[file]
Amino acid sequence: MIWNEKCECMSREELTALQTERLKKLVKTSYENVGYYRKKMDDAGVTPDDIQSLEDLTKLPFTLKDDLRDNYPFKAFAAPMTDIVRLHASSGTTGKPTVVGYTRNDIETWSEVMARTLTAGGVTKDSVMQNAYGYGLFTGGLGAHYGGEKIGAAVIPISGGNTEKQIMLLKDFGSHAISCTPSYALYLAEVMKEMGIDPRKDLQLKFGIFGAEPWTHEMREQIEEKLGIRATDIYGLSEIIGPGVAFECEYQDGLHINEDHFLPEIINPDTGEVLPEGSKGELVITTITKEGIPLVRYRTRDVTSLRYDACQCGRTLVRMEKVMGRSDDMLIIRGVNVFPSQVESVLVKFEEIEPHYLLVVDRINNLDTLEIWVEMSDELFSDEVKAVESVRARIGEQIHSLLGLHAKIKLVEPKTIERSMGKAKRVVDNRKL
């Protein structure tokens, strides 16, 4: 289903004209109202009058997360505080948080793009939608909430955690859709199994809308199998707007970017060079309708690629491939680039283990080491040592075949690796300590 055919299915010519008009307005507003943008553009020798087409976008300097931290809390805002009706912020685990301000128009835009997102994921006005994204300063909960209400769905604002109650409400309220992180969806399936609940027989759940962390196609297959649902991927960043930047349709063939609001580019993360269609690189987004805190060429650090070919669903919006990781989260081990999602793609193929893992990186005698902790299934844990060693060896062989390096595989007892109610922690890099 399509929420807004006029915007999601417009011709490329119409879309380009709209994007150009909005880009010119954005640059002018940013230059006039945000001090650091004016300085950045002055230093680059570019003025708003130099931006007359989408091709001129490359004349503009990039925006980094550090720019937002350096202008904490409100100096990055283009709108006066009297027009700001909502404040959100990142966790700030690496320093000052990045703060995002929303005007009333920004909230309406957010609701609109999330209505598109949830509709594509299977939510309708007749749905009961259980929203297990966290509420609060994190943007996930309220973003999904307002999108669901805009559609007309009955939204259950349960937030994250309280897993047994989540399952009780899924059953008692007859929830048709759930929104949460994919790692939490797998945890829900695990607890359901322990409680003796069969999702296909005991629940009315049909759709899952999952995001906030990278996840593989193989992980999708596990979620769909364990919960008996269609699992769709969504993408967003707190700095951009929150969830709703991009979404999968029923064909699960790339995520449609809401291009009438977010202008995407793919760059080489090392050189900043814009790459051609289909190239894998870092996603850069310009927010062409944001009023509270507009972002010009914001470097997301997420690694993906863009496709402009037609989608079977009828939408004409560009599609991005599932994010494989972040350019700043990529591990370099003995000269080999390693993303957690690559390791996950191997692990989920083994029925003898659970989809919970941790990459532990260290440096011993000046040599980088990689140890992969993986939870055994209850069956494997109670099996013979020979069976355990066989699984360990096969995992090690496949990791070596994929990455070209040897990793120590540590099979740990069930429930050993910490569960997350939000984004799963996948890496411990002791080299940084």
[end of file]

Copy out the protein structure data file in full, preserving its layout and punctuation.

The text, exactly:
Amino acid sequence: MIWNEKCECMSREELTALQTERLKKLVKTSYENVGYYRKKMDDAGVTPDDIQSLEDLTKLPFTLKDDLRDNYPFKAFAAPMTDIVRLHASSGTTGKPTVVGYTRNDIETWSEVMARTLTAGGVTKDSVMQNAYGYGLFTGGLGAHYGGEKIGAAVIPISGGNTEKQIMLLKDFGSHAISCTPSYALYLAEVMKEMGIDPRKDLQLKFGIFGAEPWTHEMREQIEEKLGIRATDIYGLSEIIGPGVAFECEYQDGLHINEDHFLPEIINPDTGEVLPEGSKGELVITTITKEGIPLVRYRTRDVTSLRYDACQCGRTLVRMEKVMGRSDDMLIIRGVNVFPSQVESVLVKFEEIEPHYLLVVDRINNLDTLEIWVEMSDELFSDEVKAVESVRARIGEQIHSLLGLHAKIKLVEPKTIERSMGKAKRVVDNRKL
């Protein structure tokens, strides 16, 4: 289903004209109202009058997360505080948080793009939608909430955690859709199994809308199998707007970017060079309708690629491939680039283990080491040592075949690796300590 055919299915010519008009307005507003943008553009020798087409976008300097931290809390805002009706912020685990301000128009835009997102994921006005994204300063909960209400769905604002109650409400309220992180969806399936609940027989759940962390196609297959649902991927960043930047349709063939609001580019993360269609690189987004805190060429650090070919669903919006990781989260081990999602793609193929893992990186005698902790299934844990060693060896062989390096595989007892109610922690890099 399509929420807004006029915007999601417009011709490329119409879309380009709209994007150009909005880009010119954005640059002018940013230059006039945000001090650091004016300085950045002055230093680059570019003025708003130099931006007359989408091709001129490359004349503009990039925006980094550090720019937002350096202008904490409100100096990055283009709108006066009297027009700001909502404040959100990142966790700030690496320093000052990045703060995002929303005007009333920004909230309406957010609701609109999330209505598109949830509709594509299977939510309708007749749905009961259980929203297990966290509420609060994190943007996930309220973003999904307002999108669901805009559609007309009955939204259950349960937030994250309280897993047994989540399952009780899924059953008692007859929830048709759930929104949460994919790692939490797998945890829900695990607890359901322990409680003796069969999702296909005991629940009315049909759709899952999952995001906030990278996840593989193989992980999708596990979620769909364990919960008996269609699992769709969504993408967003707190700095951009929150969830709703991009979404999968029923064909699960790339995520449609809401291009009438977010202008995407793919760059080489090392050189900043814009790459051609289909190239894998870092996603850069310009927010062409944001009023509270507009972002010009914001470097997301997420690694993906863009496709402009037609989608079977009828939408004409560009599609991005599932994010494989972040350019700043990529591990370099003995000269080999390693993303957690690559390791996950191997692990989920083994029925003898659970989809919970941790990459532990260290440096011993000046040599980088990689140890992969993986939870055994209850069956494997109670099996013979020979069976355990066989699984360990096969995992090690496949990791070596994929990455070209040897990793120590540590099979740990069930429930050993910490569960997350939000984004799963996948890496411990002791080299940084």